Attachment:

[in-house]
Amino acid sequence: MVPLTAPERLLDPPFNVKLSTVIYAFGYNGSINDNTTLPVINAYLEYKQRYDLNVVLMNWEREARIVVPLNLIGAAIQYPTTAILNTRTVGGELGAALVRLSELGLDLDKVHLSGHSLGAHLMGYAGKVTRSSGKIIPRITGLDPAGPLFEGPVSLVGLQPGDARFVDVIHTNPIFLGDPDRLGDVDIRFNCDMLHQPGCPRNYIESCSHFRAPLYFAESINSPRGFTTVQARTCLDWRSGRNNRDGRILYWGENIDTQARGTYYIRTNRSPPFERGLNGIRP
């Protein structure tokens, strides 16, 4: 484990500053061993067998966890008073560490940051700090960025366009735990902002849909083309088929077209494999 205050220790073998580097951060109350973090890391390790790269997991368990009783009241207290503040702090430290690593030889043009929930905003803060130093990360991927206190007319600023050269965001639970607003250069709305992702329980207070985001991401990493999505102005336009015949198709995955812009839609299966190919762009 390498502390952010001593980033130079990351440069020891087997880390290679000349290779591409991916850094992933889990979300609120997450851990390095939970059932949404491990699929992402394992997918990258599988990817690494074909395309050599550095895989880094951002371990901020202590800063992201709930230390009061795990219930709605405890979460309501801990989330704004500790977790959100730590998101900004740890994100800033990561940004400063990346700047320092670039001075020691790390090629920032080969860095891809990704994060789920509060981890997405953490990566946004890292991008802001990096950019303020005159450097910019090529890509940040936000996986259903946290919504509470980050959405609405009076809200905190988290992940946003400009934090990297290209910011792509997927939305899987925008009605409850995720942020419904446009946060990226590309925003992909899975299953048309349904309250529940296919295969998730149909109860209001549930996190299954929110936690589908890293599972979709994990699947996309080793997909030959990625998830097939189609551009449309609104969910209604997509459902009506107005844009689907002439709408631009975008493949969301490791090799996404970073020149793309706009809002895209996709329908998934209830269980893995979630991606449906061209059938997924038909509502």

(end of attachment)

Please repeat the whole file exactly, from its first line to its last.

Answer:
[in-house]
Amino acid sequence: MVPLTAPERLLDPPFNVKLSTVIYAFGYNGSINDNTTLPVINAYLEYKQRYDLNVVLMNWEREARIVVPLNLIGAAIQYPTTAILNTRTVGGELGAALVRLSELGLDLDKVHLSGHSLGAHLMGYAGKVTRSSGKIIPRITGLDPAGPLFEGPVSLVGLQPGDARFVDVIHTNPIFLGDPDRLGDVDIRFNCDMLHQPGCPRNYIESCSHFRAPLYFAESINSPRGFTTVQARTCLDWRSGRNNRDGRILYWGENIDTQARGTYYIRTNRSPPFERGLNGIRP
């Protein structure tokens, strides 16, 4: 484990500053061993067998966890008073560490940051700090960025366009735990902002849909083309088929077209494999 205050220790073998580097951060109350973090890391390790790269997991368990009783009241207290503040702090430290690593030889043009929930905003803060130093990360991927206190007319600023050269965001639970607003250069709305992702329980207070985001991401990493999505102005336009015949198709995955812009839609299966190919762009 390498502390952010001593980033130079990351440069020891087997880390290679000349290779591409991916850094992933889990979300609120997450851990390095939970059932949404491990699929992402394992997918990258599988990817690494074909395309050599550095895989880094951002371990901020202590800063992201709930230390009061795990219930709605405890979460309501801990989330704004500790977790959100730590998101900004740890994100800033990561940004400063990346700047320092670039001075020691790390090629920032080969860095891809990704994060789920509060981890997405953490990566946004890292991008802001990096950019303020005159450097910019090529890509940040936000996986259903946290919504509470980050959405609405009076809200905190988290992940946003400009934090990297290209910011792509997927939305899987925008009605409850995720942020419904446009946060990226590309925003992909899975299953048309349904309250529940296919295969998730149909109860209001549930996190299954929110936690589908890293599972979709994990699947996309080793997909030959990625998830097939189609551009449309609104969910209604997509459902009506107005844009689907002439709408631009975008493949969301490791090799996404970073020149793309706009809002895209996709329908998934209830269980893995979630991606449906061209059938997924038909509502």